After having a few breezy episodes in a row, it’s nice to get back to something a bit heavier, and the fact that we’re dealing with Homer’s most sympathetic aspect is the icing on the cake. The overall effect we’re dealing with here is seeing everything wonderful and awful about Homer as a human being, starting with the worst of the latter and working our way to the best of the former. We open with the Simpsons going out to the movies, and Homer makes a complete ass of himself in public, and then is humiliated when Marge calls him on it, driving out to the middle of nowhere to drink his sorrows away.
It’s then that we get what makes Homer a good sitcom protagonist, someone compelling to watch: he stumbles upon Lurleen Lumpkin, a waitress in a skeevy bar who has a powerful talent for country music, and he’s so moved by her song that he helps her get her music on the radio, and eventually agrees to be her manager. From a technical standpoint, it shows just how well Homer works as a character – he is someone who follows a dumb whim he stumbles upon. And it’s a killer episode premise, with understandable and genuinely positive consequences – even through the parody lyrics, Lurleen is a believably talented singer we want to see succeed – and understandable and genuinely negative consequences – of course Marge isn’t going to be a fan of Homer spending all his time with a beautiful woman.
And this leads to a meaningful revelation of Homer’s character. It’s something of a cliche now to have the bumbling dad be both so dumb and so loyal to his wife that he misses the beautiful woman hitting on him (Malcolm In The Middle has a similar story beat, and in reverse one of the charming things about Firefly was how Wash could clearly be attracted to other women but definitely loyal to Zoe); I suspect The Simpsons was creating that cliche with this episode, and as a result it comes off more complex. Homer does come off both noble and blundering, but it’s more complicated than “he’s just that noble/dumb” – he genuinely is in this to Lurleen famous, and that’s enough to distract him from recognising that he’s endangering his marriage from two different directions. When he does, he immediately buys Lurleen her ticket to stardom at his own expense and quits being her manager. I don’t see a cliche here; I see meaningful character choices. It’s another example of the show’s subversive surface hiding a very old-fashioned, dare I say conservative attitude.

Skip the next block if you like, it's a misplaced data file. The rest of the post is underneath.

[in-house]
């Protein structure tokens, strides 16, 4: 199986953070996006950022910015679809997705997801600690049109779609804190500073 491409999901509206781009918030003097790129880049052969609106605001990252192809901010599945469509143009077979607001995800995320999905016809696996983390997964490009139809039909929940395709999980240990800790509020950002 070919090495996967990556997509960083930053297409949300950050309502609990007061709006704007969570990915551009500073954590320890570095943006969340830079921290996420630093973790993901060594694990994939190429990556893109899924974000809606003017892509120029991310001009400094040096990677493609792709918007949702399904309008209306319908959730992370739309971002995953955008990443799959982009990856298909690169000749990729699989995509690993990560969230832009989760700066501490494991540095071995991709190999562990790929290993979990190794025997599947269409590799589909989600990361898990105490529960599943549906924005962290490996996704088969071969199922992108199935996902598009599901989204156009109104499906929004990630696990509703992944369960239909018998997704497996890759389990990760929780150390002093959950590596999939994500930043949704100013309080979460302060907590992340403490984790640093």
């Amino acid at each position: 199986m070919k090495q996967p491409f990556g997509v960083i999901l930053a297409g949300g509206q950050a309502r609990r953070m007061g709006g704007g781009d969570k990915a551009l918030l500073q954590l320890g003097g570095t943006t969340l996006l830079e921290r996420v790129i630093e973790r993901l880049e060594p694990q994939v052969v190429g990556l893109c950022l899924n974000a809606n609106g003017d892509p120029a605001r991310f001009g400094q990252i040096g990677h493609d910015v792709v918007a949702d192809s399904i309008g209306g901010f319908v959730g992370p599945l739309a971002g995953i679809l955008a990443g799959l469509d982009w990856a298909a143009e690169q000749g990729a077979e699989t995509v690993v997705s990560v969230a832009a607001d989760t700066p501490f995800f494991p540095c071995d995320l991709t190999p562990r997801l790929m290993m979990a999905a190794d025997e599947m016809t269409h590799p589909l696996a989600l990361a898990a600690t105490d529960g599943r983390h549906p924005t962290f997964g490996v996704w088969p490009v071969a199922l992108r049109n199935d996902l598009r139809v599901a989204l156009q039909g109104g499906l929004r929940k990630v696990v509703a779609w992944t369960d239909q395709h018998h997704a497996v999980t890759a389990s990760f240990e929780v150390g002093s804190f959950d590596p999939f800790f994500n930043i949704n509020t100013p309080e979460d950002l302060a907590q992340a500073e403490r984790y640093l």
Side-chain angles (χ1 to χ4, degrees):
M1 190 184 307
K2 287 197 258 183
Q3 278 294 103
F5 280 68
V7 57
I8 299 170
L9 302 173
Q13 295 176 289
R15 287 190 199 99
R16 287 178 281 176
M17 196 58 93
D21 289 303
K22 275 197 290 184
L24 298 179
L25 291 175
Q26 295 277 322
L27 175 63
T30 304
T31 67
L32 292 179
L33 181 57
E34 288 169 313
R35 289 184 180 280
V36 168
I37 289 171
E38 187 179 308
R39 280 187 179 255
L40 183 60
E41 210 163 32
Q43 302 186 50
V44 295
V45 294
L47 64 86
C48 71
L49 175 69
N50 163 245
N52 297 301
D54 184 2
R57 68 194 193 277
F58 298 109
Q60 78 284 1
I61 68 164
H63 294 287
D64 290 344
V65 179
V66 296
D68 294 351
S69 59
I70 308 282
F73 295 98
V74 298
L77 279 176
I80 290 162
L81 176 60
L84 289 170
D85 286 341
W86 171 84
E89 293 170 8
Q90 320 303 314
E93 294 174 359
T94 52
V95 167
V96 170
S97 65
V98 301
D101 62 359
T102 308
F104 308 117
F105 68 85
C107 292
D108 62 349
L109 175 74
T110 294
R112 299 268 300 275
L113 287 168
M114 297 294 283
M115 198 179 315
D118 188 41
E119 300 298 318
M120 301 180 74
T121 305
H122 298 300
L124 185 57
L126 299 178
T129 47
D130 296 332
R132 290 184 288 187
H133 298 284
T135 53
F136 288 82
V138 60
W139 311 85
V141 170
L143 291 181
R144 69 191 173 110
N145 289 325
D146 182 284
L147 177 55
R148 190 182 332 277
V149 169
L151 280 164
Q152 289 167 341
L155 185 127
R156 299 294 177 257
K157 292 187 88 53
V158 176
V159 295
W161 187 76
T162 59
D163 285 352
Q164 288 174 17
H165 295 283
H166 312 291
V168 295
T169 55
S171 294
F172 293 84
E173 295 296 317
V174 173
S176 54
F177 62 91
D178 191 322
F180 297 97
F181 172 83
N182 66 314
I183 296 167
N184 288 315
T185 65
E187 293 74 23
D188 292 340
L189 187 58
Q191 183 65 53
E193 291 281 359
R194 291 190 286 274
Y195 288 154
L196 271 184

Outside of all of this are, again, elements of the series that have been there for so long, sometimes since the beginning. I went over the town being affected by the episode’s events last week, and that happens again here (the montage of people listening to the song is great, but I also love Lenny trying to sing to his ball after seeing Homer do it), and again moving Bart to the background only serves to make him funnier. I love his hamboning (“Stop that!”), and I really love him at the movies with Lisa, messing with her by tricking her into watching a scary bit, something I not only did as a kid, I do to my sister now.
Chalkboard Gag: I will not conduct my own fire drills.
Couch Gag: The family fall into the couch, legs up in the air.
This episode was written by Matt Groening and directed by Mark Kirkland, and this is the only episode ever written solely by Groening. The opening scene of Homer being annoying in the theater was based on an experience Groening had as a kid.
The episode as a whole is a riff on Coal Miner’s Daughter, including casting Beverly D’Angelo as Lurleen. Homer’s outfit and nickname that give the episode its name are based on Colonel Tom Parker, Elvis Presly’s manager. Homer passes by a reference to Deliverance. The bar Homer meets Lurleen in is a reference to Urban Cowboys. Homer comments that the last song that moved him the way Lurleen’s song did was “Funky Town”. The show Lurleen appears on is based on the show Hee Haw.
Beverly D’Angelo contributed much more than a typical Simpsons guest, including writing multiple songs, and pitching jokes.
First appearances: Lurleen Lumpkin. This is also Homer’s first job outside the plant, and hilariously Mike Reiss was originally skeptical of giving a Homer a job for an episode.
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